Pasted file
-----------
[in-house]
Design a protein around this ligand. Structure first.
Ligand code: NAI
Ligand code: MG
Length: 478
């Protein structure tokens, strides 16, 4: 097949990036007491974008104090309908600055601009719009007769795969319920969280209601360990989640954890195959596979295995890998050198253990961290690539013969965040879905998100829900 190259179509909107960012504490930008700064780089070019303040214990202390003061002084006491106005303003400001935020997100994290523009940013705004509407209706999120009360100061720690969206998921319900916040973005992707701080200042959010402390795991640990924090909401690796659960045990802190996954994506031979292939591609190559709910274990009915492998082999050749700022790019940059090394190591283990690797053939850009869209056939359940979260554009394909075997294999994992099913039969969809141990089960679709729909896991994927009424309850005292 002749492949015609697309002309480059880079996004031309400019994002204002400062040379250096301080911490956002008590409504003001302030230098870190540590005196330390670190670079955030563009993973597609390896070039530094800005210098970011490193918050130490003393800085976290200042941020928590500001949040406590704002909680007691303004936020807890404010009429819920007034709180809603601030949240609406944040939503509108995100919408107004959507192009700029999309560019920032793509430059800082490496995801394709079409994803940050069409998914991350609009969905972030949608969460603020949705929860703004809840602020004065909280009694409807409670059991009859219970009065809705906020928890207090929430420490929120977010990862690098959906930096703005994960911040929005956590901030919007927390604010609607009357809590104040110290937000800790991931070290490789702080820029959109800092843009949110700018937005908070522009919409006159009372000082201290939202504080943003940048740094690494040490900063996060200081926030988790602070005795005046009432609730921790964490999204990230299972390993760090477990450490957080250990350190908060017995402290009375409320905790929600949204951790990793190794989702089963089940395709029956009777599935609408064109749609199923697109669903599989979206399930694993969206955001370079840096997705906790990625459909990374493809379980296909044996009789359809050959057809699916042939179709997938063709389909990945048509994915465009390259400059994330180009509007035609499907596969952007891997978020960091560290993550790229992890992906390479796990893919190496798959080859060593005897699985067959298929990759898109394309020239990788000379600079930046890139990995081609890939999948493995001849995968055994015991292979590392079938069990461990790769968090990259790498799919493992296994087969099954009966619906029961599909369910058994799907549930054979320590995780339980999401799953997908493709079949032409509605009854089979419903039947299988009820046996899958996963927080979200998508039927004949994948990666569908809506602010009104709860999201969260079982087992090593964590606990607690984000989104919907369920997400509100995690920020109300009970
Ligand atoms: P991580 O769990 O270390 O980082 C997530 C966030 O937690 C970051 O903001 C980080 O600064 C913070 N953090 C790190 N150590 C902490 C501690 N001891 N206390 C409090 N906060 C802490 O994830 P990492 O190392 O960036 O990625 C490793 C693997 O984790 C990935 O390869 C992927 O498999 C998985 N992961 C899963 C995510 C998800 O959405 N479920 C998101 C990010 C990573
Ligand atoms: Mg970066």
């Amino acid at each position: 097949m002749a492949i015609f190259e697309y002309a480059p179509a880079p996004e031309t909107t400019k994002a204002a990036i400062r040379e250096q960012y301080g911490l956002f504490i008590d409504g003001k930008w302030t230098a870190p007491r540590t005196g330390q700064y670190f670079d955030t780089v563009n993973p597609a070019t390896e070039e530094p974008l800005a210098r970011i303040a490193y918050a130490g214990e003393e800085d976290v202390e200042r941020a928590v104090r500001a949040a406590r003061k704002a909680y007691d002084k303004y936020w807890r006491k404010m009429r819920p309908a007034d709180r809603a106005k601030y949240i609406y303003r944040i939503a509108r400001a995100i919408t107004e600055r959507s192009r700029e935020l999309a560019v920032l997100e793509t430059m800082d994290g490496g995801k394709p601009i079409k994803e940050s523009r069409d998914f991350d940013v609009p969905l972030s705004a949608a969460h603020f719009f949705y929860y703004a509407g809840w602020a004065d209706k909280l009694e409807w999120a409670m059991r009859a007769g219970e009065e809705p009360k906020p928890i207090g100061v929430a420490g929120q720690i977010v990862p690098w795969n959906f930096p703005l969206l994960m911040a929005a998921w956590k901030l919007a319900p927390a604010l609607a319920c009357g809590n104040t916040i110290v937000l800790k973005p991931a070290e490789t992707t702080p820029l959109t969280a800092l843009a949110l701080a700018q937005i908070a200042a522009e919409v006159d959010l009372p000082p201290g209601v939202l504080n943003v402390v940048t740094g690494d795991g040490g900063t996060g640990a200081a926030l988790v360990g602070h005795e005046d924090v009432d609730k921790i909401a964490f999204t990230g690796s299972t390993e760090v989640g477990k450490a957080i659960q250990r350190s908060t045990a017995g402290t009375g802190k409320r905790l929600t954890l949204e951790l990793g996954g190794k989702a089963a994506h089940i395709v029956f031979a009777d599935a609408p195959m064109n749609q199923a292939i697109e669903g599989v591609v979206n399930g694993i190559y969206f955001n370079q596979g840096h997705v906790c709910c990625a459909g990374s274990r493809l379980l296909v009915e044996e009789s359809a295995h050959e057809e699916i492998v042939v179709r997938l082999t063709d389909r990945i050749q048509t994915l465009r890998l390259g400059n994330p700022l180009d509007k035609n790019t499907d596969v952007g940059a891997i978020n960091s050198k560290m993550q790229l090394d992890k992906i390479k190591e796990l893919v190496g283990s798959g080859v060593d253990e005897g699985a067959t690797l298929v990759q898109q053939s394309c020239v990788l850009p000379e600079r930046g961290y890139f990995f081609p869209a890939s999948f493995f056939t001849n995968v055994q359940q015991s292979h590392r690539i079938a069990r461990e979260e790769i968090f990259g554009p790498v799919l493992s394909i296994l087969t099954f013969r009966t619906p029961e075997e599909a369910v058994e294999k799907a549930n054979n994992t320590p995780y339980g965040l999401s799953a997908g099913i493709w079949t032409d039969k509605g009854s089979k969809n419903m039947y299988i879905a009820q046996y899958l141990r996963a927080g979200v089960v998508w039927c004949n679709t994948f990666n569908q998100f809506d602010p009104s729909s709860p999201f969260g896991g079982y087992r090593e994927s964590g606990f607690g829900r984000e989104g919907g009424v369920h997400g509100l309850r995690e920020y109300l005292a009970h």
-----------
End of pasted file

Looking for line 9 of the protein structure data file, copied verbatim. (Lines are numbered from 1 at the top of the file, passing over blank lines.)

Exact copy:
């Amino acid at each position: 097949m002749a492949i015609f190259e697309y002309a480059p179509a880079p996004e031309t909107t400019k994002a204002a990036i400062r040379e250096q960012y301080g911490l956002f504490i008590d409504g003001k930008w302030t230098a870190p007491r540590t005196g330390q700064y670190f670079d955030t780089v563009n993973p597609a070019t390896e070039e530094p974008l800005a210098r970011i303040a490193y918050a130490g214990e003393e800085d976290v202390e200042r941020a928590v104090r500001a949040a406590r003061k704002a909680y007691d002084k303004y936020w807890r006491k404010m009429r819920p309908a007034d709180r809603a106005k601030y949240i609406y303003r944040i939503a509108r400001a995100i919408t107004e600055r959507s192009r700029e935020l999309a560019v920032l997100e793509t430059m800082d994290g490496g995801k394709p601009i079409k994803e940050s523009r069409d998914f991350d940013v609009p969905l972030s705004a949608a969460h603020f719009f949705y929860y703004a509407g809840w602020a004065d209706k909280l009694e409807w999120a409670m059991r009859a007769g219970e009065e809705p009360k906020p928890i207090g100061v929430a420490g929120q720690i977010v990862p690098w795969n959906f930096p703005l969206l994960m911040a929005a998921w956590k901030l919007a319900p927390a604010l609607a319920c009357g809590n104040t916040i110290v937000l800790k973005p991931a070290e490789t992707t702080p820029l959109t969280a800092l843009a949110l701080a700018q937005i908070a200042a522009e919409v006159d959010l009372p000082p201290g209601v939202l504080n943003v402390v940048t740094g690494d795991g040490g900063t996060g640990a200081a926030l988790v360990g602070h005795e005046d924090v009432d609730k921790i909401a964490f999204t990230g690796s299972t390993e760090v989640g477990k450490a957080i659960q250990r350190s908060t045990a017995g402290t009375g802190k409320r905790l929600t954890l949204e951790l990793g996954g190794k989702a089963a994506h089940i395709v029956f031979a009777d599935a609408p195959m064109n749609q199923a292939i697109e669903g599989v591609v979206n399930g694993i190559y969206f955001n370079q596979g840096h997705v906790c709910c990625a459909g990374s274990r493809l379980l296909v009915e044996e009789s359809a295995h050959e057809e699916i492998v042939v179709r997938l082999t063709d389909r990945i050749q048509t994915l465009r890998l390259g400059n994330p700022l180009d509007k035609n790019t499907d596969v952007g940059a891997i978020n960091s050198k560290m993550q790229l090394d992890k992906i390479k190591e796990l893919v190496g283990s798959g080859v060593d253990e005897g699985a067959t690797l298929v990759q898109q053939s394309c020239v990788l850009p000379e600079r930046g961290y890139f990995f081609p869209a890939s999948f493995f056939t001849n995968v055994q359940q015991s292979h590392r690539i079938a069990r461990e979260e790769i968090f990259g554009p790498v799919l493992s394909i296994l087969t099954f013969r009966t619906p029961e075997e599909a369910v058994e294999k799907a549930n054979n994992t320590p995780y339980g965040l999401s799953a997908g099913i493709w079949t032409d039969k509605g009854s089979k969809n419903m039947y299988i879905a009820q046996y899958l141990r996963a927080g979200v089960v998508w039927c004949n679709t994948f990666n569908q998100f809506d602010p009104s729909s709860p999201f969260g896991g079982y087992r090593e994927s964590g606990f607690g829900r984000e989104g919907g009424v369920h997400g509100l309850r995690e920020y109300l005292a009970h």